hpt951 wrote:that's going to make my swap look pretty sloppy!

Lol, the difference is yours was running within 3 months!

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Post  turbobob924 on Sat Nov 10, 2012 4:59 pm

welcome to the club!

project looks cool so far.

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Post  LEEEZARD7 on Sat Nov 10, 2012 6:37 pm

i am not much of an orange fan, but it looks good. good job.

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Post  Porschedoc on Mon Nov 19, 2012 7:45 pm

More tinkering.

Finishing up the fuel system in the rear, but not much to show at this point.

After talking with Todd, I'm not sure why it didn't occur to me to remove the extra spacer from the weltmeister sway bars, so I knocked that out tonight. A trip to the hardware store for some shorter bolts (weltmeister.......uses standard hardware...go figure), and that was taking care of. I did add some longer allen bolts and spacers to keep the system level as possible with the frame. And yes, I see the paint error that got missed. Will have to spray the bottom of the frame rail before putting too much more back on.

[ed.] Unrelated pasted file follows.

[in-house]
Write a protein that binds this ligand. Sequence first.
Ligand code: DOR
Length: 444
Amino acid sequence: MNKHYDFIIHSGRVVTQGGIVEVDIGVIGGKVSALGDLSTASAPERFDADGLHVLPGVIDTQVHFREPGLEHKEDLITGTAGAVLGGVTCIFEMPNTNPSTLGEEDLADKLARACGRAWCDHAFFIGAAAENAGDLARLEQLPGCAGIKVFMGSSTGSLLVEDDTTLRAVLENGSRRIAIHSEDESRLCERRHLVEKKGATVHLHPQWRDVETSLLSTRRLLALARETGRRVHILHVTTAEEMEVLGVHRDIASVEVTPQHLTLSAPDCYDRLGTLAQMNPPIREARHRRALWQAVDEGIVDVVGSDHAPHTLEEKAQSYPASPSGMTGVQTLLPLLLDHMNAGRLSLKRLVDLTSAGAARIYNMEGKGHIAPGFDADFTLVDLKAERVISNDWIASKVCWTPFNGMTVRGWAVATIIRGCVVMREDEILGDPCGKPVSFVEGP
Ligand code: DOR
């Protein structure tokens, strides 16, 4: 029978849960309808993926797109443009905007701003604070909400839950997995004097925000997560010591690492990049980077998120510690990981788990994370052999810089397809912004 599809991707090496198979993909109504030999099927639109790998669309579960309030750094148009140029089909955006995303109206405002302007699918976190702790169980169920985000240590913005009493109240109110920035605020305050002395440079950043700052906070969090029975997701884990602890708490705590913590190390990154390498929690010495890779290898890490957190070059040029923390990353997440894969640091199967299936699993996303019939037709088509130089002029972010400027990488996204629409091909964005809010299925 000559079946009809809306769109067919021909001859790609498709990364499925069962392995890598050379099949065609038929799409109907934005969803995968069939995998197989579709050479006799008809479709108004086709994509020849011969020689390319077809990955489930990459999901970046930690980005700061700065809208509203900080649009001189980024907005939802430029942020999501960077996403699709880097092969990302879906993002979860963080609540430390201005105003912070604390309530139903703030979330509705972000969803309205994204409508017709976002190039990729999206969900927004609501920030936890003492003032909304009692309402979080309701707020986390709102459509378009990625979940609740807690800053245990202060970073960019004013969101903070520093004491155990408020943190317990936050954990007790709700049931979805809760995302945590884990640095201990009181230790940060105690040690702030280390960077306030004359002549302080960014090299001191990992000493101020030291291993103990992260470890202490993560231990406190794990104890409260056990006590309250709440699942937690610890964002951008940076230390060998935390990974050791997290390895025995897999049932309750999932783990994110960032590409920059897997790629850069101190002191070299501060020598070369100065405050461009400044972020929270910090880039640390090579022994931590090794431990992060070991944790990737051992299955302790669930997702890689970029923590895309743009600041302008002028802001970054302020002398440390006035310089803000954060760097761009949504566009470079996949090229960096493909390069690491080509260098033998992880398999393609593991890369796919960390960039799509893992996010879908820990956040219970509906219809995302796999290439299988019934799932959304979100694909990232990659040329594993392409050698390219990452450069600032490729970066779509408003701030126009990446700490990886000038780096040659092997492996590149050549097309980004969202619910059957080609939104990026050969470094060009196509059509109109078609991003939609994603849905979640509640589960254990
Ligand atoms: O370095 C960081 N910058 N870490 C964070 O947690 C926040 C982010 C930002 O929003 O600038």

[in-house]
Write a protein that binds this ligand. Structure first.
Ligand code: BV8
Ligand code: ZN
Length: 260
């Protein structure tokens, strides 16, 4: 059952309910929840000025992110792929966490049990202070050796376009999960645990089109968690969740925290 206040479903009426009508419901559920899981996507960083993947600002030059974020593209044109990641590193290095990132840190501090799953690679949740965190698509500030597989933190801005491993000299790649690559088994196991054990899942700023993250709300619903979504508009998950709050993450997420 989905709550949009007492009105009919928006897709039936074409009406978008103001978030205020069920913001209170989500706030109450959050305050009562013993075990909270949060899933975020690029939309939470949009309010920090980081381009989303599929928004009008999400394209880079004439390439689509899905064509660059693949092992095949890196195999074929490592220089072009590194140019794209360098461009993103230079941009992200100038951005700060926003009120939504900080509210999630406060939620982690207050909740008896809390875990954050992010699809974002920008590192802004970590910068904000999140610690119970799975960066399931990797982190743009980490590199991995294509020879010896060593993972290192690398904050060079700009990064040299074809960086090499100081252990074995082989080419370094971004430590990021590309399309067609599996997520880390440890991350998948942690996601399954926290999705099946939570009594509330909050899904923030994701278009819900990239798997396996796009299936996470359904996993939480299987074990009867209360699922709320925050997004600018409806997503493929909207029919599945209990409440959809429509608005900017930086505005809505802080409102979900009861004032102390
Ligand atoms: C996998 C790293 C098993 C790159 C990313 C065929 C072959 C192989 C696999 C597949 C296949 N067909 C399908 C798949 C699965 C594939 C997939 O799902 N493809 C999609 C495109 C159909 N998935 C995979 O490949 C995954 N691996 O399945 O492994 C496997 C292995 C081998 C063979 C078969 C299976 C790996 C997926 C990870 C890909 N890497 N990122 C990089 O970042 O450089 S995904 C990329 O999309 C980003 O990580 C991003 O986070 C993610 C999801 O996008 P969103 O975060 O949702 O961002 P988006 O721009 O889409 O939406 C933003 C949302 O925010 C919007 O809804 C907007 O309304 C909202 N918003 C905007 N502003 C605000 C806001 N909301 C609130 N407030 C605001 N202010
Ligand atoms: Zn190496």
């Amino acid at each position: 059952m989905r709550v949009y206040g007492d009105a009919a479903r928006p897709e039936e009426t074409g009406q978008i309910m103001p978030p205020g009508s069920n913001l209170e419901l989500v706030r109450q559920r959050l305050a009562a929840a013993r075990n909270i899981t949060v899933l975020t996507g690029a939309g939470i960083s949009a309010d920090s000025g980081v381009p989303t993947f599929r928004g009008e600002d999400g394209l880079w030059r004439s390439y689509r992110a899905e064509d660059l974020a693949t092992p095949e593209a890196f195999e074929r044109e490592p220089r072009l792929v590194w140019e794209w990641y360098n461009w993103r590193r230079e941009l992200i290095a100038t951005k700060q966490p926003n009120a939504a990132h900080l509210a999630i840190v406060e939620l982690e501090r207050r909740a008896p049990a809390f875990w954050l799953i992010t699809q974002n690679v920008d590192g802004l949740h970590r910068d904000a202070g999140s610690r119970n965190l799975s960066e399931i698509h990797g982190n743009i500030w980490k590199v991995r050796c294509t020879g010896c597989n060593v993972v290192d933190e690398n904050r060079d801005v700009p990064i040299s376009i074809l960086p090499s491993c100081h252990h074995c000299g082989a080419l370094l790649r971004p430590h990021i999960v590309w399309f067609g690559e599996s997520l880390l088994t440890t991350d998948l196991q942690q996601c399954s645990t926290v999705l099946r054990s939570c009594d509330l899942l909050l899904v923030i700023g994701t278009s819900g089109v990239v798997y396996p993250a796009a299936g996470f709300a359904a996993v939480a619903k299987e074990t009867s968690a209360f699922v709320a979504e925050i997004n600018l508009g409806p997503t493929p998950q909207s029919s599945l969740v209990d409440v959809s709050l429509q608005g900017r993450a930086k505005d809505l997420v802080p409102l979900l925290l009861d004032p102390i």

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Threw a temporary rear hatch on for the time being until I can find the time to build a lexan hatch. Kind of having to pick and choose my battles in order of importance right now.
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Finally sourced an LS6 intake and installed that tonight.